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February 28, 2017

4 min

Method Schools Team

An Overview of Per Student Funding in the United States and California for Traditional and Charter Schools

The United States Constitution left the responsibility for funding public schools up to state and local governments.

Due to the importance education plays in establishing and maintaining a powerful nation, the federal government, beginning in 1965 with the Elementary and Secondary Education Act (ESEA), assists the states and schools financially.

How much money individual schools receive within each state depends on the number of students enrolled. This is known as per student funding.

How Per Student Funding Works

Individual states develop funding formulas to determine how much money a state allocates to each school district. Each of these formulas uses per student funding as a foundation.

Foundation/Base Formula

25 states and the District of Columbia use the Foundation/Base formula. In these states, each school receives a base amount of money for every student. Once the state or district determines that amount, the state allocates additional money based on individual student needs.

Schools and districts with special education students, for example, or English Language Learners (ELL) students receive additional funds for those students.

Modified Foundation/Base Formula

12 states use a Modified Foundation/Base formula to determine per student funding. The modified formula differs from the traditional formula insomuch that each district in these states use different criteria to determine the base-level amount.

As with the traditional formula, schools receive additional spending per students with special needs.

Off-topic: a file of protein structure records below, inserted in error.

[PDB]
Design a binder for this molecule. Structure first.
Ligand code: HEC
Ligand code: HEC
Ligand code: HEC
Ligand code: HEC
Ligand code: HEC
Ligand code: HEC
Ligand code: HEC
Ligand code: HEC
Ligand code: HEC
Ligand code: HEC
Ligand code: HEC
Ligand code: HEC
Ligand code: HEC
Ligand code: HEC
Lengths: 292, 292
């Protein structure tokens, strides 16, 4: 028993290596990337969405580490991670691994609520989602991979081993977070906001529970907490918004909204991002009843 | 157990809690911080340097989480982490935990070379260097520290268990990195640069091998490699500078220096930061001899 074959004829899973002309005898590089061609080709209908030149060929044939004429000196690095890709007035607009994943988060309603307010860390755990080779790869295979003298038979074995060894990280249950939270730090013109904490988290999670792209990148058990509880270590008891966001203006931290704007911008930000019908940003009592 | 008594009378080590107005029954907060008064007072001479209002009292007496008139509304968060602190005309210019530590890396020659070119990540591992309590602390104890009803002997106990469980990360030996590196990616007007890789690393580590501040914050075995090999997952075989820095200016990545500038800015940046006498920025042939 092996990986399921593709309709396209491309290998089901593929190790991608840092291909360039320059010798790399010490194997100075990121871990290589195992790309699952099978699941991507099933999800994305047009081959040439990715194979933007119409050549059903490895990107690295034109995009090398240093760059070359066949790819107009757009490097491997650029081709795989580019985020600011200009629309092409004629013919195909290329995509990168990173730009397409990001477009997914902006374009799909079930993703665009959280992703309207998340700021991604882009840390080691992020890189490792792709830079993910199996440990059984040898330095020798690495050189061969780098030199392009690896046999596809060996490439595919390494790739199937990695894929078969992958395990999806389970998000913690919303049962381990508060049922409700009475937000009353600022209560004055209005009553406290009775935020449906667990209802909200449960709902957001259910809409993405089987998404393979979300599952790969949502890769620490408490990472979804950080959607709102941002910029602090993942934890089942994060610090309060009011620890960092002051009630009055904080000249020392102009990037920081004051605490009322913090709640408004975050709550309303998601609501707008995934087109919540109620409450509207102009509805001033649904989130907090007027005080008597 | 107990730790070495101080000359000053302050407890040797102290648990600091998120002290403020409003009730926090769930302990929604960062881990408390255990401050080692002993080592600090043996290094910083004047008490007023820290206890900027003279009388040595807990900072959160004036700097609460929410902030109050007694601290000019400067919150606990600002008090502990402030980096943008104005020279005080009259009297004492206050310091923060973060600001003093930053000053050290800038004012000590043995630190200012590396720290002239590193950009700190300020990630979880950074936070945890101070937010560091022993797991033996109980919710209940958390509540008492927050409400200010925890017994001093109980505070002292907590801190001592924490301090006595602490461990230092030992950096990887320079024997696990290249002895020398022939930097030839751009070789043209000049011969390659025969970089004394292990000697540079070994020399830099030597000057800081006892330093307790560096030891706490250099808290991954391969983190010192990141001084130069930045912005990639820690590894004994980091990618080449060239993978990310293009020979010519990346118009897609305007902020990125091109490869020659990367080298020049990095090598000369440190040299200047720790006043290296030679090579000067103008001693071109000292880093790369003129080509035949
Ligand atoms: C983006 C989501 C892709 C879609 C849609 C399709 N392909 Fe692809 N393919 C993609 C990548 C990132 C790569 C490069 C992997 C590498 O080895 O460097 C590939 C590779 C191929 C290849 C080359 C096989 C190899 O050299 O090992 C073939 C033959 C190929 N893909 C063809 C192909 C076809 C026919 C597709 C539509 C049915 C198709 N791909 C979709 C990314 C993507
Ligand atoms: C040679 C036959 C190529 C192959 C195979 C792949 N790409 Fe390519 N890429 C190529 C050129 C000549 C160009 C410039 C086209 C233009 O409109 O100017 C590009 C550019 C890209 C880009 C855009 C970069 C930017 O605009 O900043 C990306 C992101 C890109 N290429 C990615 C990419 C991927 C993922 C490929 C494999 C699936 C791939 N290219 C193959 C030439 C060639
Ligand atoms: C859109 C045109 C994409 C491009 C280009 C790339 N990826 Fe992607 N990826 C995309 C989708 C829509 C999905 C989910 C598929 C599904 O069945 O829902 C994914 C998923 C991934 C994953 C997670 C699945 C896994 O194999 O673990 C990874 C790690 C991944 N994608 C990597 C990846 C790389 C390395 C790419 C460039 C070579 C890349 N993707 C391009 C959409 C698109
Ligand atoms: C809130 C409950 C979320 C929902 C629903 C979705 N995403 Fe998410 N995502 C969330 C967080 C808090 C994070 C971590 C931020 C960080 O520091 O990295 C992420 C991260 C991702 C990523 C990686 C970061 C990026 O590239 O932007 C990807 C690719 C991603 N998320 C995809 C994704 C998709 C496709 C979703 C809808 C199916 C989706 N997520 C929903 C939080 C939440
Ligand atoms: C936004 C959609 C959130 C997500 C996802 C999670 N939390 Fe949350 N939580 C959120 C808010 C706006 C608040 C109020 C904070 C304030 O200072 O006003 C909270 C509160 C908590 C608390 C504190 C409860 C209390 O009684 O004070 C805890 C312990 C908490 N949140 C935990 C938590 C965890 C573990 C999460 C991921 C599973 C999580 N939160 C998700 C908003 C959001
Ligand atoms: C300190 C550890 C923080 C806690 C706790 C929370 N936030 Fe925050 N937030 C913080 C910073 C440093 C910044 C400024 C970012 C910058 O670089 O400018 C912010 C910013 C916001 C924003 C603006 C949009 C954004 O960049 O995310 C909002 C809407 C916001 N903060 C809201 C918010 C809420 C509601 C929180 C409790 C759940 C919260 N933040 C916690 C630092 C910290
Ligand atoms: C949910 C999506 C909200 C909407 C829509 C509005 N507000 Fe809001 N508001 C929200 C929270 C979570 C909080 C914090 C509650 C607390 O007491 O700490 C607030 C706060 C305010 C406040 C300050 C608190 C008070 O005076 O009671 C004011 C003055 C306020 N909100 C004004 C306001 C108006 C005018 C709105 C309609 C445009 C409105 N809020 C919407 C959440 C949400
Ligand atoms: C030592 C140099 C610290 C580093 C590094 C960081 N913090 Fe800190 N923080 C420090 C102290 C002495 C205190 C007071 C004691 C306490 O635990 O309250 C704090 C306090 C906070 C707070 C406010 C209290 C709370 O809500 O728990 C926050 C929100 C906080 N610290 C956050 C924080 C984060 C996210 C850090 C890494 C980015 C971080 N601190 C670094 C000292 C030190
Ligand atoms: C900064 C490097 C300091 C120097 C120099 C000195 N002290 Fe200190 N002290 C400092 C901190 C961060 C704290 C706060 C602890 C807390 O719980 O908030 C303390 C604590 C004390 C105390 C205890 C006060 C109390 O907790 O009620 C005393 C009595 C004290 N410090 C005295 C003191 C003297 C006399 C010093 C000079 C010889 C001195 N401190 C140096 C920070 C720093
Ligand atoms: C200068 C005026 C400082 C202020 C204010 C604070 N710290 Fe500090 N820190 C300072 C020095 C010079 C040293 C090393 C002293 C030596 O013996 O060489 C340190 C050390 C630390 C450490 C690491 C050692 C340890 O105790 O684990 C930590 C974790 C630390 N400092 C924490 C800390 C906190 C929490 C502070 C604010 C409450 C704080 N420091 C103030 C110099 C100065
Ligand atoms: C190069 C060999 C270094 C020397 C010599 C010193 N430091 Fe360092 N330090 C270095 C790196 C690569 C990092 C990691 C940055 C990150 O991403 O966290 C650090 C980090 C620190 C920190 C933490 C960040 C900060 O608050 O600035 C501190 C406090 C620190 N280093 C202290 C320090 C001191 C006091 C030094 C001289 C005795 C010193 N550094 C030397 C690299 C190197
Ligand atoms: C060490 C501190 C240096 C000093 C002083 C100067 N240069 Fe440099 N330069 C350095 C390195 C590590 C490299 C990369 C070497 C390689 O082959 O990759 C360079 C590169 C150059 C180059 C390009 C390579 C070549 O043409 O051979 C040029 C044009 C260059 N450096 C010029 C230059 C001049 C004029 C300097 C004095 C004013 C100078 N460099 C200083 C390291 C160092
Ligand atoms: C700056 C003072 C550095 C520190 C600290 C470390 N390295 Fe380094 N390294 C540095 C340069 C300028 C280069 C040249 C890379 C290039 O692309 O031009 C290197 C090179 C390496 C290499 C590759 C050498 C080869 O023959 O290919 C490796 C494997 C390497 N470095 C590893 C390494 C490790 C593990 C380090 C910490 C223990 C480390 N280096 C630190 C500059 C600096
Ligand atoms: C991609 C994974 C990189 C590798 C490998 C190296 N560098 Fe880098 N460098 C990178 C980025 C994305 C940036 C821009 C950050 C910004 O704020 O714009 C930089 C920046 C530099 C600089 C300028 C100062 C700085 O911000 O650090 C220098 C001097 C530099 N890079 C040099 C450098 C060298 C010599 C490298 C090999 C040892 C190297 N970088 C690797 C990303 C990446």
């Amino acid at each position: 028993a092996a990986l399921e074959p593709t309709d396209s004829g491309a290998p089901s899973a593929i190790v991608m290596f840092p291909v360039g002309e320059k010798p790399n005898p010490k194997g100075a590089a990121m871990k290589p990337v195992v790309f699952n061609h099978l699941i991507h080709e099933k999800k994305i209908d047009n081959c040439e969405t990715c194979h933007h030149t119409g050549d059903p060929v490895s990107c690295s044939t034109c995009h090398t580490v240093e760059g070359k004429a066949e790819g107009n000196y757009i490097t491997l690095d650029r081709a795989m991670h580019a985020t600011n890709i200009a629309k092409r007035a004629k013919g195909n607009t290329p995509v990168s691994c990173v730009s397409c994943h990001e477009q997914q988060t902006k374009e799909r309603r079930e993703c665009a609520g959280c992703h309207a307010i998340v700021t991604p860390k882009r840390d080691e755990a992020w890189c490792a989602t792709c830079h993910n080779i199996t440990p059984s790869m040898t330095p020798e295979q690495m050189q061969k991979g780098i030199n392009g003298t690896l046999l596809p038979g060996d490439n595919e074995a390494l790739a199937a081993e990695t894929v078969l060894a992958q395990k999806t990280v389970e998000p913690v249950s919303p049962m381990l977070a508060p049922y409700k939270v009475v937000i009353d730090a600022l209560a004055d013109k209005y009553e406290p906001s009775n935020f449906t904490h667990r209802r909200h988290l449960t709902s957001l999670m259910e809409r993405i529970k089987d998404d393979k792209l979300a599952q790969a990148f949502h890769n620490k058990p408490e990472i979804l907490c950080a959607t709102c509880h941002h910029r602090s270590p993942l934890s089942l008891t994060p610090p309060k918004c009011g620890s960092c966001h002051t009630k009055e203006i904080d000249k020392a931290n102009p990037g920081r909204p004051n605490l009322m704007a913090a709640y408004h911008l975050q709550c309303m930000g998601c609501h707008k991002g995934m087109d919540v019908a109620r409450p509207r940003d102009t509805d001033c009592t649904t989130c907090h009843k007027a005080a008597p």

Teacher Allocation Formula

7 states fund their schools based on the number of teachers, administrators, and support staff required to effectively run the school as determined by student enrollment.

The Teacher Allocation formula serves the same function as the other two methods since the number of students in a school directly correlates to the number of teachers, administrators, and support staff needed. In addition, schools with large numbers of at-risk, ELL, and special education students require more teachers and, therefore, would receive more money.

Other Funding Methods

2 states fund their school districts based on the previous year spending. Districts in these two states receive the same amount of funding as the previous year, plus an increase for inflation.

2 states use the Dollar Funding Per Student method, which is similar to the Foundation/Base Formula, except that the state legislature stipulates the exact amount per student.

Hawaii, consisting of a single school district, uses a weighted student formula to fund individual schools.

California's Local Control Funding Formula

California's Local Control Funding Formula (LCFF) dictates funding in California schools. The primary goal of the LCFF is to improve academic outcomes by targeting more money to school districts that serve high-needs students. The law also strives to give local school districts more authority to decide how to spend education dollars, and hold them accountable for getting results. In California, funding goes to school districts rather than individual schools.

According to California's EdSource, "money from the Local Control Funding Formula accounts for about 80 percent of general funding that districts get from the state." The LCFF base funding formula provides between $7,000-$9,000 per student as a base.